Climate Change & Adaptation / Energy & Efficiency / Methane & Natural Gas

Natural Gas Has A Methane Problem

While our nation’s enormous natural gas boom has helped cut carbon dioxide emissions, it has also revealed several issues working against our wallets and our climate goals.

Improving our existing pipe system to eliminate leaks will save money and reduce our greenhouse gas impact.

Natural gas is mostly made up of methane. As a greenhouse gas, methane is much stronger than carbon dioxide. In fact, over a 100-year period, methane is 20 times more effective at warming the atmosphere than the same amount of carbon dioxide. Over 20 years, methane is over 50 times stronger! Methane makes up one-tenth of all US emissions, and while emissions are trending down as a whole, it’s troubling to know that we’re not currently doing all we can to cut methane further.

Each year about 2 percent of all natural gas in the United States is “lost or unaccounted for.” While it does not sound like much, it’s actually over 250 billion cubic feet and causes some easily preventable damage.

There are many causes of lost and unaccounted for gas, but a lot is simply leaked through old and deteriorated pipes. By far the biggest offenders are those pipes made of cast iron or bare steel. Here in Connecticut, we have 1,500 miles of cast iron and 180 miles of bare steel pipes crisscrossing our state.

Current regulations allow gas companies to recover the costs of lost and unaccounted for gas, no matter the cause, so unless a leak is directly threatening public health, there is no incentive for a company to repair it. And ratepayers are stuck paying the price.

In Connecticut, conservative estimates from the EPA report over 500 million cubic feet of natural gas leaked in 2012. And at an average price of $7.30 per thousand cubic feet, these leaks cost Connecticut’s ratepayers nearly $4 million.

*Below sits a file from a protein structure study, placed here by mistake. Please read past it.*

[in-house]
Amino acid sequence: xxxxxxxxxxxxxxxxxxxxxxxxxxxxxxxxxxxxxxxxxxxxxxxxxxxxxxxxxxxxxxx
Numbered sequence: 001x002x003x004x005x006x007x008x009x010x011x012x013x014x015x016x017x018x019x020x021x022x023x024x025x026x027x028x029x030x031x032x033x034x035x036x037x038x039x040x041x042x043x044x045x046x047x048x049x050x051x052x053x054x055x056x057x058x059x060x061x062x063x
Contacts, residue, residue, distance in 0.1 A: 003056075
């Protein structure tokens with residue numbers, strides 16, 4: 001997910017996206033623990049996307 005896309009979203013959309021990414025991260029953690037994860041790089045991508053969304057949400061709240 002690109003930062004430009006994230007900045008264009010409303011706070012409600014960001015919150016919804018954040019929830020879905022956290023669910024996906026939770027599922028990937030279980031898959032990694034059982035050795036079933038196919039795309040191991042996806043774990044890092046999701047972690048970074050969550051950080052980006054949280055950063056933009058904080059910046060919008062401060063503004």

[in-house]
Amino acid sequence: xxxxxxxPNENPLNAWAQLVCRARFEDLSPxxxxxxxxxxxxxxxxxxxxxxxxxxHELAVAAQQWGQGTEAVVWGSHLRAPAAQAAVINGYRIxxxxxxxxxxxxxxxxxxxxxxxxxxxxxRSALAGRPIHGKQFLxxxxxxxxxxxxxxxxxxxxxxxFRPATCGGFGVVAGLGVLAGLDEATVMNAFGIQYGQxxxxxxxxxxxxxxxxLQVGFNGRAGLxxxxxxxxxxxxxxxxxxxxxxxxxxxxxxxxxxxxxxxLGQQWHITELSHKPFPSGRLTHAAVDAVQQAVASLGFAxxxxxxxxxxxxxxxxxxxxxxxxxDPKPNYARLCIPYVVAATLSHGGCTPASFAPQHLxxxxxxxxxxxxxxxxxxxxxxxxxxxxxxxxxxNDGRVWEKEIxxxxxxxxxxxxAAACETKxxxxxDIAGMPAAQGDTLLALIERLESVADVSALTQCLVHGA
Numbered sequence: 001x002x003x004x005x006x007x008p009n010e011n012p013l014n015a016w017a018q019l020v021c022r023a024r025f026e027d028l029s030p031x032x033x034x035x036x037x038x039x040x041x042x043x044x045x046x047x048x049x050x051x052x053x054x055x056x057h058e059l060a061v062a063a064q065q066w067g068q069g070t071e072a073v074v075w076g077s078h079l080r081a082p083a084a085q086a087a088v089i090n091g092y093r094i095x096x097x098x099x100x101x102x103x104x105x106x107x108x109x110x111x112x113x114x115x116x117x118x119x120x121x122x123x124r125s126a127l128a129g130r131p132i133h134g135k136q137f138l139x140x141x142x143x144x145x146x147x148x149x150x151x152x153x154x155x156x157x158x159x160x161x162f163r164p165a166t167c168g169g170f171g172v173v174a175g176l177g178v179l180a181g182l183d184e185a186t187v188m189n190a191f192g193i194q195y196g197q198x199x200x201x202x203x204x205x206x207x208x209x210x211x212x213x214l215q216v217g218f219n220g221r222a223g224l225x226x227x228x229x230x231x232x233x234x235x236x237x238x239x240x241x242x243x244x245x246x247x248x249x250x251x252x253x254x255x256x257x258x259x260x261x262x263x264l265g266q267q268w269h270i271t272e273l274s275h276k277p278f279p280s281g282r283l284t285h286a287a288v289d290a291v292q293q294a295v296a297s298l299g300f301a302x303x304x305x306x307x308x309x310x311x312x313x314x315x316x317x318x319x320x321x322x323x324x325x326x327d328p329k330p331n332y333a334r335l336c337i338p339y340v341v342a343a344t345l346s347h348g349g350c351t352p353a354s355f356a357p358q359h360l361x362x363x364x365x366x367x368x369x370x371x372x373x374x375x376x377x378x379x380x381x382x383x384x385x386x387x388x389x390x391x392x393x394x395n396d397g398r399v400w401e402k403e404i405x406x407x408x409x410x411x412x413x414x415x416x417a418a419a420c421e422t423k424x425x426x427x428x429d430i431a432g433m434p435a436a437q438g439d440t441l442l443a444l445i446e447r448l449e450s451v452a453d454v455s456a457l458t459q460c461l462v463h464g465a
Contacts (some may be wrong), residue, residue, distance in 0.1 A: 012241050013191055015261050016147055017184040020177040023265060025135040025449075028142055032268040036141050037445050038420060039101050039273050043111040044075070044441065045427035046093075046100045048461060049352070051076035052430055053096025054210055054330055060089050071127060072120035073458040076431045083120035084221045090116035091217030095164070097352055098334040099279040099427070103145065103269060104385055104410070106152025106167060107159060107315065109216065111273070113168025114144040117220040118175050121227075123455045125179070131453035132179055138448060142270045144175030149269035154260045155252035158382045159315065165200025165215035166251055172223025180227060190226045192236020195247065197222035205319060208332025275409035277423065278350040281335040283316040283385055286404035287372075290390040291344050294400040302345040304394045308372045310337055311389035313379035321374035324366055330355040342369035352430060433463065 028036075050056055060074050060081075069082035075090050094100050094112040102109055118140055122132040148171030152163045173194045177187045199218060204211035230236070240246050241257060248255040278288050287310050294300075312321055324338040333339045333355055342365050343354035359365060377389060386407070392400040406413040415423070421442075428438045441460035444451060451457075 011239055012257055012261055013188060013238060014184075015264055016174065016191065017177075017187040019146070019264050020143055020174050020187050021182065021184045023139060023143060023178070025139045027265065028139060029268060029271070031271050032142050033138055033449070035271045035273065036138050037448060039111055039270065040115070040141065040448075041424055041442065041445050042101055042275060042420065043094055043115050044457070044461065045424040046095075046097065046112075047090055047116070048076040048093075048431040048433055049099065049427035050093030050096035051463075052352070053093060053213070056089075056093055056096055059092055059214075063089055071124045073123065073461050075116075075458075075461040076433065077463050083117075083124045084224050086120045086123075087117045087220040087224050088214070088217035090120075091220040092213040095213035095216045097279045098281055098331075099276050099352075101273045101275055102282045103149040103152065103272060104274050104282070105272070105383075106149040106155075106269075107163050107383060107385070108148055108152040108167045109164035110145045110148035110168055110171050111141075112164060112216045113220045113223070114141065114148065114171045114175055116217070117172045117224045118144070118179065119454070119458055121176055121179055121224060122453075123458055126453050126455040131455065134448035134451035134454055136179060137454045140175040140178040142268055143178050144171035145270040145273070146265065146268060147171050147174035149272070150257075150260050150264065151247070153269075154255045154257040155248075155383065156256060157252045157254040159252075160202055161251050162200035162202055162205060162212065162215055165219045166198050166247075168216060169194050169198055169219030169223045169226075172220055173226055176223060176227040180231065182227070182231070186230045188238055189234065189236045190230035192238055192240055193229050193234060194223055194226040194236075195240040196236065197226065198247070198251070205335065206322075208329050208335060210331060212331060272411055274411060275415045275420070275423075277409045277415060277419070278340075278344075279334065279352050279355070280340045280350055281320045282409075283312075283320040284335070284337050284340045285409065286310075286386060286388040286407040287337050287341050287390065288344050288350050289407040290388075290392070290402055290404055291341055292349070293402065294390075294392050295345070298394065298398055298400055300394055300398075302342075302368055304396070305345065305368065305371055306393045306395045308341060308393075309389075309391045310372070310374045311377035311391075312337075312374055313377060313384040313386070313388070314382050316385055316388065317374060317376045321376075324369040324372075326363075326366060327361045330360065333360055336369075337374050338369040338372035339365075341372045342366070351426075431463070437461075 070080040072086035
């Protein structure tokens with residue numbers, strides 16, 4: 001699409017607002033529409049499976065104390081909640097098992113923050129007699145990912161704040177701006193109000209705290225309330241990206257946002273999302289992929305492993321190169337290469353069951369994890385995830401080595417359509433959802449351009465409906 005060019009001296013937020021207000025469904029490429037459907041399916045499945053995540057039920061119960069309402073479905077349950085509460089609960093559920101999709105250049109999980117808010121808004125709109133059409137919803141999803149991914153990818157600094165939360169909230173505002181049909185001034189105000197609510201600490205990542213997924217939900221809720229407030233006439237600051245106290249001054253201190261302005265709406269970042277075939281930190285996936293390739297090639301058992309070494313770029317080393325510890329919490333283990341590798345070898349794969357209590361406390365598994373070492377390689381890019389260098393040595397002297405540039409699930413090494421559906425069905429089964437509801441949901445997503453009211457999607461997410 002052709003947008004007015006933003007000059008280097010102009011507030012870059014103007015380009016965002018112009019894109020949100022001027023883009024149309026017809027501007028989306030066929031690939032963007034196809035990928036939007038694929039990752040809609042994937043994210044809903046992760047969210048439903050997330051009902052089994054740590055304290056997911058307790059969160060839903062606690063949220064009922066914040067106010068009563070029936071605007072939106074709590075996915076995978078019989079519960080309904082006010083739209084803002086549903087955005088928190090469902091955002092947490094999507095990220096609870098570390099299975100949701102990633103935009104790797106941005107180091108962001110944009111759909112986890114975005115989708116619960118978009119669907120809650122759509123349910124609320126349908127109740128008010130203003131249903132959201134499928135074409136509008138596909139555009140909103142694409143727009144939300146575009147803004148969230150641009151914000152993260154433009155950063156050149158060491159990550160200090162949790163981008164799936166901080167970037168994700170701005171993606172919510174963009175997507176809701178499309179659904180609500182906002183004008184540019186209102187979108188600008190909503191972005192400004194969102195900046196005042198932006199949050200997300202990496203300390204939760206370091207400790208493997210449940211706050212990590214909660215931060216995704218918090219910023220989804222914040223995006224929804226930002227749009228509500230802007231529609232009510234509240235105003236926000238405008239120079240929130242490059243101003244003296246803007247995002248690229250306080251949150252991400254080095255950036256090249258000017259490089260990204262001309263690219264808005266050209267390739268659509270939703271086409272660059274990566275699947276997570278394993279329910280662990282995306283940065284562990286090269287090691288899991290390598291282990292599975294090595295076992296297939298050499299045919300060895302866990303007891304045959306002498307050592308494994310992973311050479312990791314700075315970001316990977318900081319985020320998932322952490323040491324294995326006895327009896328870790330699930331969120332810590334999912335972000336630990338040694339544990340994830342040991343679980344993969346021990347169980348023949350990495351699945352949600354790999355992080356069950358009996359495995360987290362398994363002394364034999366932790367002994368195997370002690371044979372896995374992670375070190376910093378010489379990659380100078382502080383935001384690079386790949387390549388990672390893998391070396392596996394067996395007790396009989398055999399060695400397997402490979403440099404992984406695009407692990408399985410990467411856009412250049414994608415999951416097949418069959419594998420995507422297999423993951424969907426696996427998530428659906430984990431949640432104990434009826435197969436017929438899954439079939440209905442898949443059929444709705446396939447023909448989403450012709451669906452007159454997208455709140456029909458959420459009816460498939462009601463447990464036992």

These unnecessary leaks also make it harder to reach our climate goals. In 2010 in Massachusetts, energy efficiency programs saved just over 1 billion cubic feet of natural gas. Unfortunately, the state also lost just over 1.7 billion cubic feet that year. Losing more than you’re saving is not a winning strategy. Cutting losses while increasing efficiency will put us on the right path.

Fixing broken pipes is a simple strategy, and modern innovations can improve the distribution to save even more. The Natural Resources Defense Council and the Conservation Law Foundation have each put out informative reports on methane leakage and potential solutions.

New England’s power grid is steadily embracing more and more natural gas and Connecticut’s gas companies are looking to expand their network of pipes. If we can improve while we grow, we can save money and lessen our greenhouse gas impacts. Connecticut Fund for the Environment looks forward to working with state legislators and gas companies to find effective ways of making this happen.

Posted by Tyler Archer, Outreach Fellow for CFE/Save the Sound.

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